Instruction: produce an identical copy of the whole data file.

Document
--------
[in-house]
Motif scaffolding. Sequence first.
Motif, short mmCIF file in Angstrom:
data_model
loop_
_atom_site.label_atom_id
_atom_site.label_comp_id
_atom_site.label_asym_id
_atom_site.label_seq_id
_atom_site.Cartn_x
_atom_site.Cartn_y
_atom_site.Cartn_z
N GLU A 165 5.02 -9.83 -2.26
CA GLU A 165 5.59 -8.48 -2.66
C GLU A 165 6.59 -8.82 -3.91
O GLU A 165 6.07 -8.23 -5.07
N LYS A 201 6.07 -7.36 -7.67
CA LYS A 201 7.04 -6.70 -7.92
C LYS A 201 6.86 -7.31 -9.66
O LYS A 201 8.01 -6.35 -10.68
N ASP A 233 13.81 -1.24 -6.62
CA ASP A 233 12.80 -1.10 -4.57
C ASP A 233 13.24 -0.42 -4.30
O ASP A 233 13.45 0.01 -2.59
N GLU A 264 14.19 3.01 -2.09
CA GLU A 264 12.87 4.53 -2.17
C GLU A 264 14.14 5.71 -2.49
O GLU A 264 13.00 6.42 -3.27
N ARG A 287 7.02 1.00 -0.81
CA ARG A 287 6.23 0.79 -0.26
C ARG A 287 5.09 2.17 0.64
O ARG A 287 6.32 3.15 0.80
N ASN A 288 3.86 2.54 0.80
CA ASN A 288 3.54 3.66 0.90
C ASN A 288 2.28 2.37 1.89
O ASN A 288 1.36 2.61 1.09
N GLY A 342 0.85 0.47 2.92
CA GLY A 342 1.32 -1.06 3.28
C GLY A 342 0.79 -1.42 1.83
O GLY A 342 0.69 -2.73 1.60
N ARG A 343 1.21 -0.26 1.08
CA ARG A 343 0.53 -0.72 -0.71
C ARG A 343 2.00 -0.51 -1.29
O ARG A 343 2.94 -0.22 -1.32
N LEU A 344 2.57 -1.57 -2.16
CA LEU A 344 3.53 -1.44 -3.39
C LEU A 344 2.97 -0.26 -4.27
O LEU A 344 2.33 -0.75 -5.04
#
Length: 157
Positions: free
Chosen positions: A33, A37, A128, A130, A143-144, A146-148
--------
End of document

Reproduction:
[in-house]
Motif scaffolding. Sequence first.
Motif, short mmCIF file in Angstrom:
data_model
loop_
_atom_site.label_atom_id
_atom_site.label_comp_id
_atom_site.label_asym_id
_atom_site.label_seq_id
_atom_site.Cartn_x
_atom_site.Cartn_y
_atom_site.Cartn_z
N GLU A 165 5.02 -9.83 -2.26
CA GLU A 165 5.59 -8.48 -2.66
C GLU A 165 6.59 -8.82 -3.91
O GLU A 165 6.07 -8.23 -5.07
N LYS A 201 6.07 -7.36 -7.67
CA LYS A 201 7.04 -6.70 -7.92
C LYS A 201 6.86 -7.31 -9.66
O LYS A 201 8.01 -6.35 -10.68
N ASP A 233 13.81 -1.24 -6.62
CA ASP A 233 12.80 -1.10 -4.57
C ASP A 233 13.24 -0.42 -4.30
O ASP A 233 13.45 0.01 -2.59
N GLU A 264 14.19 3.01 -2.09
CA GLU A 264 12.87 4.53 -2.17
C GLU A 264 14.14 5.71 -2.49
O GLU A 264 13.00 6.42 -3.27
N ARG A 287 7.02 1.00 -0.81
CA ARG A 287 6.23 0.79 -0.26
C ARG A 287 5.09 2.17 0.64
O ARG A 287 6.32 3.15 0.80
N ASN A 288 3.86 2.54 0.80
CA ASN A 288 3.54 3.66 0.90
C ASN A 288 2.28 2.37 1.89
O ASN A 288 1.36 2.61 1.09
N GLY A 342 0.85 0.47 2.92
CA GLY A 342 1.32 -1.06 3.28
C GLY A 342 0.79 -1.42 1.83
O GLY A 342 0.69 -2.73 1.60
N ARG A 343 1.21 -0.26 1.08
CA ARG A 343 0.53 -0.72 -0.71
C ARG A 343 2.00 -0.51 -1.29
O ARG A 343 2.94 -0.22 -1.32
N LEU A 344 2.57 -1.57 -2.16
CA LEU A 344 3.53 -1.44 -3.39
C LEU A 344 2.97 -0.26 -4.27
O LEU A 344 2.33 -0.75 -5.04
#
Length: 157
Positions: free
Chosen positions: A33, A37, A128, A130, A143-144, A146-148